COMMUNICATON & 9 Rules of Winning Arguments

by Bill Murphy Jr., Inc. Magazine, n.d.

… This is a story about emotional intelligenceand winning arguments. If you find it convincing, I hope you’ll check out my free ebook, Improving Emotional Intelligence 2021, which you can download here

Rule #1:     Before you start arguing, decide how you want it to end.

But like so many things in life, people often fail miserably here because they haven’t taken the time to think deeply about what success would look like. (Put differently: Follow the Z-Y-X Rule.)

Rule #2:    Think how you can make it end well for the other side.

Rule #3:    Control the circumstances.

When are you talking? How are you talking? Who’s initiating the call or traveling to the other person’s location? Is this all over email or text? Are other people listening in?

Rule #4:    Control the emotions.

But also, keep an eye on the other person’s emotions.

Rule #5:    Do not skip the small talk.

Your small talk might be brief, but it’s nevertheless important. It’s an early opportunity to find common ground.

Rule #6: Adjust (not react) in real time.

Rule #7:    Listen — and look as if you’re listening.

Perception is important. Even if you’re a pro at multitasking, think through what it looks like if you check your phone five times during the discussion, or if your assistant interrupts you twice to ask you questions.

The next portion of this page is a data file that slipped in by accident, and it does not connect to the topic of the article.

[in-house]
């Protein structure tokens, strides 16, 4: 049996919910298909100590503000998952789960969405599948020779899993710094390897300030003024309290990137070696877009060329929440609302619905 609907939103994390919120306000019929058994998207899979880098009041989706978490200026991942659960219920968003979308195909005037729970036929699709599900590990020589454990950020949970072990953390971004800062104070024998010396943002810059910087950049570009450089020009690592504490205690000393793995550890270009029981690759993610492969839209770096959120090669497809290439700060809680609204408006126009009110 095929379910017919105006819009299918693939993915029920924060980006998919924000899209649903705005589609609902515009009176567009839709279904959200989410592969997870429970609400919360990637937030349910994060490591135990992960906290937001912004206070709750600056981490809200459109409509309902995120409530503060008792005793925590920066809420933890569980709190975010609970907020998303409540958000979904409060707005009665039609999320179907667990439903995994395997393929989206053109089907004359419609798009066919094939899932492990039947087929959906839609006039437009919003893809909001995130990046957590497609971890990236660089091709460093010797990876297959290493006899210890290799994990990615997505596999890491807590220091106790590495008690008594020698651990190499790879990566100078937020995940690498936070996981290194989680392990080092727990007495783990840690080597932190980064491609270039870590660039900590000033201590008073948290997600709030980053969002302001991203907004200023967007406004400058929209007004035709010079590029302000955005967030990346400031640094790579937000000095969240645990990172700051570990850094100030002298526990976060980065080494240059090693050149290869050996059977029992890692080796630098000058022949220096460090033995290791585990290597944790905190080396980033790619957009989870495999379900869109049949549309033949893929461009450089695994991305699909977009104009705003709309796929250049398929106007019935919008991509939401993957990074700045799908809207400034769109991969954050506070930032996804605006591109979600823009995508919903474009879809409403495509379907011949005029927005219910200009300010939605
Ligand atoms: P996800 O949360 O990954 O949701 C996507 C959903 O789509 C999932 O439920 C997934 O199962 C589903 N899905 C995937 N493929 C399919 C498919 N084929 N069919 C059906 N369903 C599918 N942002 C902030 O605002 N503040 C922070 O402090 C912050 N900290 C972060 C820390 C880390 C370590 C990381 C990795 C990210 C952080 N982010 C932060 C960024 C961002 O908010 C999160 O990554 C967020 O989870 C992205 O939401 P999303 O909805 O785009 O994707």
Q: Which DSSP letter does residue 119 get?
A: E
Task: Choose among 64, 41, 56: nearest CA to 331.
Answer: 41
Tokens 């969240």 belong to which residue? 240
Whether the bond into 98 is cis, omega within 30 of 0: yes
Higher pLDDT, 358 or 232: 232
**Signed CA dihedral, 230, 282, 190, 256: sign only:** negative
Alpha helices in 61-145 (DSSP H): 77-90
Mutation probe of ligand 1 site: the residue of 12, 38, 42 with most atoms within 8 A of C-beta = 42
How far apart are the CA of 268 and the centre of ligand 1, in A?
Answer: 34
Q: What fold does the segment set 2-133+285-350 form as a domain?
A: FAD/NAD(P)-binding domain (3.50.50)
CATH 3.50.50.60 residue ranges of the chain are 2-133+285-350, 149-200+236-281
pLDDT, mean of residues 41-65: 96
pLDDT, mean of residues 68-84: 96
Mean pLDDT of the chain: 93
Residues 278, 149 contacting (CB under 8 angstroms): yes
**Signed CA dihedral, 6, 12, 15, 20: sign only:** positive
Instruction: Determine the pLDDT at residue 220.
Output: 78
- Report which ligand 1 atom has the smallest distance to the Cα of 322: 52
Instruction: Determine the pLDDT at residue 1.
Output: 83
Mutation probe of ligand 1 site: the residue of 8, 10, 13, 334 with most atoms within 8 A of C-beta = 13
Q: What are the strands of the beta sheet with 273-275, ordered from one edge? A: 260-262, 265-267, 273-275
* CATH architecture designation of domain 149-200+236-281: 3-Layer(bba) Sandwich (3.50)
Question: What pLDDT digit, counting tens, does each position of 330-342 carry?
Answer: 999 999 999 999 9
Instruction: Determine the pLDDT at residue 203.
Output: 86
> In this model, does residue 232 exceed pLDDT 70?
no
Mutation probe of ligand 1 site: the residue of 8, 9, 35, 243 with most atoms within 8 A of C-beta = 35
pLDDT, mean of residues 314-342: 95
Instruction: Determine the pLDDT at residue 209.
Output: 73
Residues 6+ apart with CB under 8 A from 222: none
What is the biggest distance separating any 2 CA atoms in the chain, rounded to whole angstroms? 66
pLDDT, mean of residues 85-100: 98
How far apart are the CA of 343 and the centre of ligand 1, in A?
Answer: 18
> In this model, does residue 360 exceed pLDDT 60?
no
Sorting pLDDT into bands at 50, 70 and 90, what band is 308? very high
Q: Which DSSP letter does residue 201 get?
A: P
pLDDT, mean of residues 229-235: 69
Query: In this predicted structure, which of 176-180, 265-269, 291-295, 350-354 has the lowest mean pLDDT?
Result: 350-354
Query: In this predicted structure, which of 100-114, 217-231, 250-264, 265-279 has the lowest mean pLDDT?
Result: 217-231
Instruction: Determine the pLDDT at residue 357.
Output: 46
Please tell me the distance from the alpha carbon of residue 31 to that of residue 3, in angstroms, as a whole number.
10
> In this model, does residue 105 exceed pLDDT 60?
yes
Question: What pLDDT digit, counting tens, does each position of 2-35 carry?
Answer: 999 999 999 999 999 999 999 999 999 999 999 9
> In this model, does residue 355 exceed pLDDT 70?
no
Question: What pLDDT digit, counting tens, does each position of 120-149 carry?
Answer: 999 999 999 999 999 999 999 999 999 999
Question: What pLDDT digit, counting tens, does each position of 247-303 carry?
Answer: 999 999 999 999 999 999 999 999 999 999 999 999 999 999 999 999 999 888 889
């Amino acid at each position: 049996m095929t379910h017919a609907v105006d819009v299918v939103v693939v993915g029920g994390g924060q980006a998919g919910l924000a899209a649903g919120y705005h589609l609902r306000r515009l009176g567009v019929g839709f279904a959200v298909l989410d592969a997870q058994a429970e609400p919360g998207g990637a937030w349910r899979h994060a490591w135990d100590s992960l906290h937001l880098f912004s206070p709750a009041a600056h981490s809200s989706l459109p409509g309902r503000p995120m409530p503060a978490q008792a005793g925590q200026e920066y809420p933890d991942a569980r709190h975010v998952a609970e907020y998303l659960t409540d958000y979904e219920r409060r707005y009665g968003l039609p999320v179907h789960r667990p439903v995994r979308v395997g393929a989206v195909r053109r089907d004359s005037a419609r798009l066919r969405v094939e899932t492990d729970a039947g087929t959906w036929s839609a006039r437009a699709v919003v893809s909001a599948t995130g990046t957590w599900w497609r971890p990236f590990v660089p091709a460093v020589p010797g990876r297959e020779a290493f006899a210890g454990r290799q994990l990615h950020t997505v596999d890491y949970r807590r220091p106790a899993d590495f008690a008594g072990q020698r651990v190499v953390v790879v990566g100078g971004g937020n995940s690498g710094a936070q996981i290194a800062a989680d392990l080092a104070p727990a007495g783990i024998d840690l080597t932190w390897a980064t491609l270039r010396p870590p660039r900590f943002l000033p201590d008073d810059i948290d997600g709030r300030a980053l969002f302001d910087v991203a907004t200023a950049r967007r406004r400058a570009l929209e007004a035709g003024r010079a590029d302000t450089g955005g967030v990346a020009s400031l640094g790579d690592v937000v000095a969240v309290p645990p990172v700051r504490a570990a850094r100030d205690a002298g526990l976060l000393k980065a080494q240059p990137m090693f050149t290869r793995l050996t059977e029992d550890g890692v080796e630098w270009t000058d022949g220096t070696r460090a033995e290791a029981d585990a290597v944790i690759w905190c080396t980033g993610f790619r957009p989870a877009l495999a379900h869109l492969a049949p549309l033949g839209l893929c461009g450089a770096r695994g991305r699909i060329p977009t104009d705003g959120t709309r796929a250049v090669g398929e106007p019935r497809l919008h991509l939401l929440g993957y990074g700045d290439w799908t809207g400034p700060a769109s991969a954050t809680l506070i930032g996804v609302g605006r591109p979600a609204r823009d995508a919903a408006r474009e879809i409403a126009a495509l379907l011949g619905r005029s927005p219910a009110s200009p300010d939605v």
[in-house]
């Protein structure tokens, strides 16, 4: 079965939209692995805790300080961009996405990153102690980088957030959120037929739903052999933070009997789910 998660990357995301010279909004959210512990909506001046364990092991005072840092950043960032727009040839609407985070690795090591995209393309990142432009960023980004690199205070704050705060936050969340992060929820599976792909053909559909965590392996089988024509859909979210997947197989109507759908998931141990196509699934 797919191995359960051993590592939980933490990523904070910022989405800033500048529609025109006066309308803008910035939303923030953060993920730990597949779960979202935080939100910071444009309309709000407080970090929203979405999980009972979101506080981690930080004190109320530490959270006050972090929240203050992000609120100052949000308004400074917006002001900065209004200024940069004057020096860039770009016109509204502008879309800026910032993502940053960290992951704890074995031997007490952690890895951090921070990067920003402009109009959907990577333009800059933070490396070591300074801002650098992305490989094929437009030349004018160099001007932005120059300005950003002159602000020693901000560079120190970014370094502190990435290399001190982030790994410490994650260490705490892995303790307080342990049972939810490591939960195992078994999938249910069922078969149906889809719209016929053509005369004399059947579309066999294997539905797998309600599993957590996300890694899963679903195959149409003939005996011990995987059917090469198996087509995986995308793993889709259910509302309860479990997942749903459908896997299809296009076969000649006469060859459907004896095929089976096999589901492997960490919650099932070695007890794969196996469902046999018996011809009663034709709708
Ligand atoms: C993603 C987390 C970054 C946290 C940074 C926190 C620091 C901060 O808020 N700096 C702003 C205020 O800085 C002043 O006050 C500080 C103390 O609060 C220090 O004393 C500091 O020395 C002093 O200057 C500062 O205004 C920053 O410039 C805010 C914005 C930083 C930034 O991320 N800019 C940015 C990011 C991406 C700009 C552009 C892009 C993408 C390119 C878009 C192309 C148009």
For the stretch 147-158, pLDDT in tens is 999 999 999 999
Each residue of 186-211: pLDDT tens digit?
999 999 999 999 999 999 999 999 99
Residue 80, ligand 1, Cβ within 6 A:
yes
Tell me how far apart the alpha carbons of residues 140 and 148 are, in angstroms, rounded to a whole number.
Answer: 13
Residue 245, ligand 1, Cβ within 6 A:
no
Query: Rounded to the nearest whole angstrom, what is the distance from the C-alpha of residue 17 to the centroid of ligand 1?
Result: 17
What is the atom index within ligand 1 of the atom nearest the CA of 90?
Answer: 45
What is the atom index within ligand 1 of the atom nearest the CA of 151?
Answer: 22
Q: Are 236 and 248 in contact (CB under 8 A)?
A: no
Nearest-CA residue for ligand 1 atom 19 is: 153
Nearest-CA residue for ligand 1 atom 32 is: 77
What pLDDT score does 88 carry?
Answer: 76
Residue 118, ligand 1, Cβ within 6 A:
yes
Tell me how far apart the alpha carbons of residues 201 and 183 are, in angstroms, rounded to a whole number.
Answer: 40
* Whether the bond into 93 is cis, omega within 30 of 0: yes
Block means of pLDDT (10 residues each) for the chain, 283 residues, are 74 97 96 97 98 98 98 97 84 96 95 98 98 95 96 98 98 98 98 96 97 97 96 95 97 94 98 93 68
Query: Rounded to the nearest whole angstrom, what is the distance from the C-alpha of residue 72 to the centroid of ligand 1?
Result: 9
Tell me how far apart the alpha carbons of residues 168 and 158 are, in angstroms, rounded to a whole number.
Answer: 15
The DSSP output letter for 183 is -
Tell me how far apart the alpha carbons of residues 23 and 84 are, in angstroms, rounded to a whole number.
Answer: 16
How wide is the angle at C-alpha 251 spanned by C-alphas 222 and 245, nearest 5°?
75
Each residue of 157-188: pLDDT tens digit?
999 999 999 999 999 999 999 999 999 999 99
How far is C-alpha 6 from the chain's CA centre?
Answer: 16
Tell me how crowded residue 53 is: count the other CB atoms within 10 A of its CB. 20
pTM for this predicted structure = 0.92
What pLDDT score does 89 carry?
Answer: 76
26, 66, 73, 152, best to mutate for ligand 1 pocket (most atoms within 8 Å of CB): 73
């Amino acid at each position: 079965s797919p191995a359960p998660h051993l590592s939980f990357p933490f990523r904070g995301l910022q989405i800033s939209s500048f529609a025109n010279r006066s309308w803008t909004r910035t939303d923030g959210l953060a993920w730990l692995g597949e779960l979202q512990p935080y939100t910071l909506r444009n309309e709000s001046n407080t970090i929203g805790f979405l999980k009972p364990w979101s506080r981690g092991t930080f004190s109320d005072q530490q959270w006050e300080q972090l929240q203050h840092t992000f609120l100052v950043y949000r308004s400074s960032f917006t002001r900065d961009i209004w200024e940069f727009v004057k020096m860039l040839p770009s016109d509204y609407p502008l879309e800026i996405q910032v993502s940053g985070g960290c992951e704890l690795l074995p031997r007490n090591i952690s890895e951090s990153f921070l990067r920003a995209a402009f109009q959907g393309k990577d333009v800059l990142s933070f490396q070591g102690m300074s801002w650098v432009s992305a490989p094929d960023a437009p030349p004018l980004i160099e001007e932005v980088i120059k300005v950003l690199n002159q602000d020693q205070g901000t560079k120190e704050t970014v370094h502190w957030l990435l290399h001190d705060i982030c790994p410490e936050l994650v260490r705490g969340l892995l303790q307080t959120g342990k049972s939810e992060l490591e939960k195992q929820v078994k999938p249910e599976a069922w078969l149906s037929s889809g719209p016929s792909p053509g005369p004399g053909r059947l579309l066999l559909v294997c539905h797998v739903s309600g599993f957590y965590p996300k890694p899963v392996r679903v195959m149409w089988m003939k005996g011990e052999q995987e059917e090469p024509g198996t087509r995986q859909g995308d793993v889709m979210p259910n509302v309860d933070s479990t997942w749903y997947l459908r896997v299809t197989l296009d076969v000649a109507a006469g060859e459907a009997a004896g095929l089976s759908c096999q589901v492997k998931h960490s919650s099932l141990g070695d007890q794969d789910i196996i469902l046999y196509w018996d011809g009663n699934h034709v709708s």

Rule #8:    If you interrupt, do so strategically.

“Think about how you strategically interrupt,” suggested O’Shea Brown. “Maybe, ‘I hear you have a lot to say in regard to your feelings. We both want a solution, so let’s pivot toward solutions.’ Your tone is everything. To paraphrase Maya Angelou, they might not remember what you said, and they might not remember what you did, but they’ll remember how you made them feel.”

Rule #9:    Seek to understand

Tactically speaking: Ask open-ended questions, and even repeat back to the other person some of what they say. You want to know where they’re coming from so that you can better articulate your own points, and improve the odds of emerging closer to your goals.

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CONFLICT & 5 Golden Rules for Good Arguments

Commentary by Dr. Whitesel: “This article by Oxford University lawyer Jonathan Herring, tenders five steps to transforming unproductive shouting matches or passive aggressive avoidance into productive conversations that result in all participants having a better understanding of each other’s views. Herring reminds readers…”

1) “Come prepared … think carefully about what it is you are arguing about and what it is you want.

2) Craft your arguments … Spend time thinking about how to present your argument. Body language, choice of words, and manner of speaking all affect how your argument will come across,

3) Plan your counterpoints… Think carefully about what arguments the other person will listen to …. Which kinds of arguments do they find convincing?

4) Beware crafty tricks… Arguments are not always as good as they first appear. Be wary of your opponent’s use of statistics.

5) Be creative to resolve deadlock … be creative in finding ways out of an argument that’s going nowhere.”

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